COMMENTARY: Russia finds itself isolated, so it sends signals - Alex Švamberk
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Tuesday’s airstrikes in Ukraine, which left 10 million civilians without electricity and mostly without heat and water, are directly related to the events in Bali. There, a thirty-minute speech by Ukrainian President Volodymyr Zelensky, who said that he will not negotiate with Russia until it withdraws, was played on video. Lavrov, who was annoyed that Zelenskyy had many more minutes than the other participants, called it an unrealistic demand and complained that the West was not trying to placate Kyiv. And on Thursday, it was heard from Moscow that the attacks are continuing because Kyiv does not want to act.

The G20 negotiations showed the situation the war had put Russia in. Although Britain has its third prime minister since the beginning of Russian aggression, even Rishi Sunak has not changed London’s hard stance. Speaking in front of Lavrov, he said unequivocally: “The biggest change anyone could make is for Russia to get out of Ukraine and end this barbaric war.”

More important than Sunak’s call, however, is the final communiqué, where the sentence “the majority of members strongly condemned the war in Ukraine, stressing that it is causing immense human suffering and exacerbating the existing instability in the global economy – reducing growth, increasing inflation, disrupting supply chains, increasing energy and food insecurity and increases the threat to financial stability’. The war was not labeled as Russian and not all countries condemned it uniformly, but all countries, including India and China, are signatories to the communiqué.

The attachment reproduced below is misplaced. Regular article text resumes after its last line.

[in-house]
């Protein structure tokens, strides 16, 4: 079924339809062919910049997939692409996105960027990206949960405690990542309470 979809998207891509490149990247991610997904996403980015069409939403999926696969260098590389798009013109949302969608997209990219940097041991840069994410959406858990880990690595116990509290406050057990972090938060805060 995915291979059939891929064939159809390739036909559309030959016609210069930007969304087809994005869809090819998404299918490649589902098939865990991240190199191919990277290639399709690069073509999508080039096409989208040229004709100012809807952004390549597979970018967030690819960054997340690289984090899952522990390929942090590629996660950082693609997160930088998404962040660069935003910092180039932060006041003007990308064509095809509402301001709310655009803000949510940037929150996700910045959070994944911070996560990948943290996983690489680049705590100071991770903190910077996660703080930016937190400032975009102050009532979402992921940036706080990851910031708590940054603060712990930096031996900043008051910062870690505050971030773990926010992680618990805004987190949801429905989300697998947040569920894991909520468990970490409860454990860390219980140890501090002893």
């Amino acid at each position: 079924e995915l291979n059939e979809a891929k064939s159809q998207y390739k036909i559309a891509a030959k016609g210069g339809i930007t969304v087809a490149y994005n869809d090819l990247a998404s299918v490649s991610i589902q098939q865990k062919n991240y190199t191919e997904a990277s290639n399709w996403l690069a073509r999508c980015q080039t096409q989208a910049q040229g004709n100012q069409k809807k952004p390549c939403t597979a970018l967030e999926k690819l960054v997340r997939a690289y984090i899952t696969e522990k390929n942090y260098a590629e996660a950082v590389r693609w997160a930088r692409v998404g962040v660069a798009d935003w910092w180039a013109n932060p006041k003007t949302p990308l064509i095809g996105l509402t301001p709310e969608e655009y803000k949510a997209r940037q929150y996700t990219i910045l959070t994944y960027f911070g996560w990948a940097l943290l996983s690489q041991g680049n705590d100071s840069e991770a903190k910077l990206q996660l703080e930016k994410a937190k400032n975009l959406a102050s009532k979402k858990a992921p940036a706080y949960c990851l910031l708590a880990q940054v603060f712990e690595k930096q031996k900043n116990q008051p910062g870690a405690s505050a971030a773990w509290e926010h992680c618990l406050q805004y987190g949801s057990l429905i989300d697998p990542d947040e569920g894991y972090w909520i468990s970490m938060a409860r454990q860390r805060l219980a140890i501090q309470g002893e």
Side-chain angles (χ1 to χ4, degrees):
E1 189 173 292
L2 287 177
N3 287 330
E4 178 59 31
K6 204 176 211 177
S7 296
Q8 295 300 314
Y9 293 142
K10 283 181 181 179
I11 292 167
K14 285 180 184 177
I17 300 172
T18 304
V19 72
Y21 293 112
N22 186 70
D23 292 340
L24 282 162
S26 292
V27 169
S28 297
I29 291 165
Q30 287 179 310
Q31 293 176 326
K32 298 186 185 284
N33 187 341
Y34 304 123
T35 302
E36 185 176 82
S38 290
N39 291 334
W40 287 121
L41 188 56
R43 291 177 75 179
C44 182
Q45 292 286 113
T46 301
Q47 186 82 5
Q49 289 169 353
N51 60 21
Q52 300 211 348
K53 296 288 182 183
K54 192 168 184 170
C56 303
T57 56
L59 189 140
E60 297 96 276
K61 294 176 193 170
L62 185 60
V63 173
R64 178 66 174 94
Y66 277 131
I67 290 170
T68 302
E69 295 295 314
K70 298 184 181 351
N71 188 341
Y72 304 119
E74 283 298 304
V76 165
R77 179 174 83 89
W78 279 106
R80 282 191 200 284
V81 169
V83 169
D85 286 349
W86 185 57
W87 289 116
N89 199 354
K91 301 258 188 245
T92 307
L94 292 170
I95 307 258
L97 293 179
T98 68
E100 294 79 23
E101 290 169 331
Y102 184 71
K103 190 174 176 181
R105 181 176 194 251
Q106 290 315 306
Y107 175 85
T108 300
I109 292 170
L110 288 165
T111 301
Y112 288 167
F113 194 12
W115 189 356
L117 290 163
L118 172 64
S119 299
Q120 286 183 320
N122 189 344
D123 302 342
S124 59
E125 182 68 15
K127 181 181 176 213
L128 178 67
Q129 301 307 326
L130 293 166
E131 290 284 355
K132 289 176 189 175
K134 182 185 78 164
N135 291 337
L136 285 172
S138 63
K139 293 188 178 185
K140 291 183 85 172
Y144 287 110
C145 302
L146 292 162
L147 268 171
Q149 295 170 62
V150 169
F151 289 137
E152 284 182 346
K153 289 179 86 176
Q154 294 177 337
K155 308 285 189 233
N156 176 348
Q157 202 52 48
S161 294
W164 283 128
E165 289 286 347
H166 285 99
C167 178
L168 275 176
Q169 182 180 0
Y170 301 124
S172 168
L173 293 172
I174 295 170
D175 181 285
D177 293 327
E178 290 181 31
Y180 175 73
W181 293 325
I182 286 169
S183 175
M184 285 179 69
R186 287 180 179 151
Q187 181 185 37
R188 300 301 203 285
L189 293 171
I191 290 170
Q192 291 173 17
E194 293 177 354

Indian Prime Minister Narendra Modi said in Bali: “I have said repeatedly that we must find a way to return to the path of ceasefire and diplomacy in Ukraine. At the moment, it is necessary to show a concrete and collective determination to ensure peace and security in the world.” At the same time, he defended that Ukraine is being discussed at the G20 summit, which should prioritize economic issues. According to him, the multilateral UN has failed, which has put pressure on the G20 group to find a solution.

Chinese President Xi Jinping also distanced himself from Russia’s approach when he appealed to “strongly reject the politicization and military use of food and energy issues.” Together with French President Emmanuel Macron, Xi even called for “respect for the territorial integrity and sovereignty of Ukraine.” This is nothing that would please the Kremlin, but Beijing has its own interests in Taiwan.

The redrawing of bonds was also evident at the summit in the Chinese president’s meeting with the head of the White House, Joe Biden. They agreed that “nuclear war should not be fought” and expressed their “opposition to the deployment or threat of deployment of nuclear weapons in Ukraine.” It is obvious to whom the message was addressed. It is in Russia that the voices of radicals calling for the deployment of nuclear weapons are heard.